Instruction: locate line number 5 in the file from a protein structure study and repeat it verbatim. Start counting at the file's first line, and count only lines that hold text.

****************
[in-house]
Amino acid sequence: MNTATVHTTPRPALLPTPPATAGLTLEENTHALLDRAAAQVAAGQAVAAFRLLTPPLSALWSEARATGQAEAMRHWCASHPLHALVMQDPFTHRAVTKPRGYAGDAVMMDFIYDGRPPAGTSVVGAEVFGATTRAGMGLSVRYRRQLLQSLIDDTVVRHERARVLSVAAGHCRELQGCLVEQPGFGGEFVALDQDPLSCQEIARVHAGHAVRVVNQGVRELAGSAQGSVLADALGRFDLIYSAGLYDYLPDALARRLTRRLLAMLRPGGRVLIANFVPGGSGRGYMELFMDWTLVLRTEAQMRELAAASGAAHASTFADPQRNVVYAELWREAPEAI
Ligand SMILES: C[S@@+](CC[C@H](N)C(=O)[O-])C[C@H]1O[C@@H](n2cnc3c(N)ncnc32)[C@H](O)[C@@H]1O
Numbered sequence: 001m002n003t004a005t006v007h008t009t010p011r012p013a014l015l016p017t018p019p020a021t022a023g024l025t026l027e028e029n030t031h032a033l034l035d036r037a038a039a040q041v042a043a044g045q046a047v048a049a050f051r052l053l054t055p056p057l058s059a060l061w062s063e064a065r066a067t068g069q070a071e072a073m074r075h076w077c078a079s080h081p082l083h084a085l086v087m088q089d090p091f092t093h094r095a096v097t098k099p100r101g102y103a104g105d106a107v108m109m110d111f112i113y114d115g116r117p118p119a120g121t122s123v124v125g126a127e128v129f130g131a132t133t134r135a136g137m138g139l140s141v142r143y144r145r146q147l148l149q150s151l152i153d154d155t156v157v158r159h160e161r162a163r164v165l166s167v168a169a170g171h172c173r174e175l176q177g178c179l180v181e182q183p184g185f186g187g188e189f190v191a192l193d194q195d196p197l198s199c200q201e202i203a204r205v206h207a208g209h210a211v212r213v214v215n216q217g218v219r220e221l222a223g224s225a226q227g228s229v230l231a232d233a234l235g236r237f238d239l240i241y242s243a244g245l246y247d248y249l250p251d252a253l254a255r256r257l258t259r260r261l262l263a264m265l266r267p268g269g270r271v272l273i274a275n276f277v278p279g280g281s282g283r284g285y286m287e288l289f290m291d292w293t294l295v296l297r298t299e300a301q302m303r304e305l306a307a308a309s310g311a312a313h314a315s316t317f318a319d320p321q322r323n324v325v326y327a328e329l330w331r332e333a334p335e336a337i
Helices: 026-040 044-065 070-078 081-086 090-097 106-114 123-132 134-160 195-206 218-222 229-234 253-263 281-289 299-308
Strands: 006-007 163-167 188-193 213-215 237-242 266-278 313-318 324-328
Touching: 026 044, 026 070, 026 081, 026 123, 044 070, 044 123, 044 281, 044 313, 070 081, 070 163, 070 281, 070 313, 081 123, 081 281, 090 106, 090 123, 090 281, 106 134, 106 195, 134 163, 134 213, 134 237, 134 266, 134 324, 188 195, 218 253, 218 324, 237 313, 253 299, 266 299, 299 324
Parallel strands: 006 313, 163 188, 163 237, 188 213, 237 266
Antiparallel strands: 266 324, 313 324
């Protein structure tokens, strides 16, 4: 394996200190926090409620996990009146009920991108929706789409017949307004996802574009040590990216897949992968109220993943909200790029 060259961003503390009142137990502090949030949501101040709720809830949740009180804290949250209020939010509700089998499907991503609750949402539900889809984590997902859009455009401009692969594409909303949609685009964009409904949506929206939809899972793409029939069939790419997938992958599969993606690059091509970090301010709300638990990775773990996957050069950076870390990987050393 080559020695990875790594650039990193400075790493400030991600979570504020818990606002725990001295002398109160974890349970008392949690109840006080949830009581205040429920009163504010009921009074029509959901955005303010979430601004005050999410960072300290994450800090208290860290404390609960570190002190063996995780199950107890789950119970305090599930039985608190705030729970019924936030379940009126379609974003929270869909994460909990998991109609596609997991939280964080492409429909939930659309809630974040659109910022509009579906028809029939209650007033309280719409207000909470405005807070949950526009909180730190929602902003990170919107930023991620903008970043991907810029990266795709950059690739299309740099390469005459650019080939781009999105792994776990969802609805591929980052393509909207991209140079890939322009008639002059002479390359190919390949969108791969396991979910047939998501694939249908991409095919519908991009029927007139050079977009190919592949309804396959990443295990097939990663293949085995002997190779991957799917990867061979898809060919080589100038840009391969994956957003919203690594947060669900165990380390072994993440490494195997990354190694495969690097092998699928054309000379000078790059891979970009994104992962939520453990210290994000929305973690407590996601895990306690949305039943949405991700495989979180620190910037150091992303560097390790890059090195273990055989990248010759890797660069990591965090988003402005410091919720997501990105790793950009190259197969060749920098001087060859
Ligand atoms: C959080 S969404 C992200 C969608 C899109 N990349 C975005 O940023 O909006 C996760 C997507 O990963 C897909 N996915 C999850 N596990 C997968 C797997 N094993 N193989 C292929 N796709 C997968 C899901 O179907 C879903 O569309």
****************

Helices: 026-040 044-065 070-078 081-086 090-097 106-114 123-132 134-160 195-206 218-222 229-234 253-263 281-289 299-308